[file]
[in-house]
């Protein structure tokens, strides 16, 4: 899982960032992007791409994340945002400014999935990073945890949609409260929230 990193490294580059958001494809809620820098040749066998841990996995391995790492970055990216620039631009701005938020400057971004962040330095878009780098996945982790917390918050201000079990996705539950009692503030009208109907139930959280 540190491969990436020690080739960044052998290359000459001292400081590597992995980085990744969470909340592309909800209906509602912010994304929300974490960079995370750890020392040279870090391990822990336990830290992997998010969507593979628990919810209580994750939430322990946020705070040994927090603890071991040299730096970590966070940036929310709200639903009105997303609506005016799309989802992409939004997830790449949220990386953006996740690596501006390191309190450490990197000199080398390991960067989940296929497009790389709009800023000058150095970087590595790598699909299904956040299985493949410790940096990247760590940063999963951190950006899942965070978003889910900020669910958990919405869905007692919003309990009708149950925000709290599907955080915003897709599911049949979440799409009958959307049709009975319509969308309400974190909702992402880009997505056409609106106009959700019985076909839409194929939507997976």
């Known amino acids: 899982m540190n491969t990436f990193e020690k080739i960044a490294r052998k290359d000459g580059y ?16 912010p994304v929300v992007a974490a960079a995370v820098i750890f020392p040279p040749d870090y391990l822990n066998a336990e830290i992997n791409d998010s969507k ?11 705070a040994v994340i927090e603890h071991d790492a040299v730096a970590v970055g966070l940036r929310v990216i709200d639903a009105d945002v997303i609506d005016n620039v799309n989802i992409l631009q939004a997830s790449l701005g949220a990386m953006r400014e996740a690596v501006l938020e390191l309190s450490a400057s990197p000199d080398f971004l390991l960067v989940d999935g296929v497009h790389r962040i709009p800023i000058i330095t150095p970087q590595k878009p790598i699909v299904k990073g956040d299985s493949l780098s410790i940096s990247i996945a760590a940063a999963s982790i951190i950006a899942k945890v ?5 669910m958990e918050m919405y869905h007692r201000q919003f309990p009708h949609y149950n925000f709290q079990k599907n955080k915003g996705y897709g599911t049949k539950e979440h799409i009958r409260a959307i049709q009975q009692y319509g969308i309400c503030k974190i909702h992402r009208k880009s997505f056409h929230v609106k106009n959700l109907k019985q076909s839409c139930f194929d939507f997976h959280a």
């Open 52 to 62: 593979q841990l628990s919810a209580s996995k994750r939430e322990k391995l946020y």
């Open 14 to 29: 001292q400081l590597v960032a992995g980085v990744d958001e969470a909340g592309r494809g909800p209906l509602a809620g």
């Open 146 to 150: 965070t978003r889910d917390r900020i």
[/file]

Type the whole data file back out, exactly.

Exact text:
[in-house]
């Protein structure tokens, strides 16, 4: 899982960032992007791409994340945002400014999935990073945890949609409260929230 990193490294580059958001494809809620820098040749066998841990996995391995790492970055990216620039631009701005938020400057971004962040330095878009780098996945982790917390918050201000079990996705539950009692503030009208109907139930959280 540190491969990436020690080739960044052998290359000459001292400081590597992995980085990744969470909340592309909800209906509602912010994304929300974490960079995370750890020392040279870090391990822990336990830290992997998010969507593979628990919810209580994750939430322990946020705070040994927090603890071991040299730096970590966070940036929310709200639903009105997303609506005016799309989802992409939004997830790449949220990386953006996740690596501006390191309190450490990197000199080398390991960067989940296929497009790389709009800023000058150095970087590595790598699909299904956040299985493949410790940096990247760590940063999963951190950006899942965070978003889910900020669910958990919405869905007692919003309990009708149950925000709290599907955080915003897709599911049949979440799409009958959307049709009975319509969308309400974190909702992402880009997505056409609106106009959700019985076909839409194929939507997976």
């Known amino acids: 899982m540190n491969t990436f990193e020690k080739i960044a490294r052998k290359d000459g580059y ?16 912010p994304v929300v992007a974490a960079a995370v820098i750890f020392p040279p040749d870090y391990l822990n066998a336990e830290i992997n791409d998010s969507k ?11 705070a040994v994340i927090e603890h071991d790492a040299v730096a970590v970055g966070l940036r929310v990216i709200d639903a009105d945002v997303i609506d005016n620039v799309n989802i992409l631009q939004a997830s790449l701005g949220a990386m953006r400014e996740a690596v501006l938020e390191l309190s450490a400057s990197p000199d080398f971004l390991l960067v989940d999935g296929v497009h790389r962040i709009p800023i000058i330095t150095p970087q590595k878009p790598i699909v299904k990073g956040d299985s493949l780098s410790i940096s990247i996945a760590a940063a999963s982790i951190i950006a899942k945890v ?5 669910m958990e918050m919405y869905h007692r201000q919003f309990p009708h949609y149950n925000f709290q079990k599907n955080k915003g996705y897709g599911t049949k539950e979440h799409i009958r409260a959307i049709q009975q009692y319509g969308i309400c503030k974190i909702h992402r009208k880009s997505f056409h929230v609106k106009n959700l109907k019985q076909s839409c139930f194929d939507f997976h959280a």
């Open 52 to 62: 593979q841990l628990s919810a209580s996995k994750r939430e322990k391995l946020y």
């Open 14 to 29: 001292q400081l590597v960032a992995g980085v990744d958001e969470a909340g592309r494809g909800p209906l509602a809620g």
């Open 146 to 150: 965070t978003r889910d917390r900020i």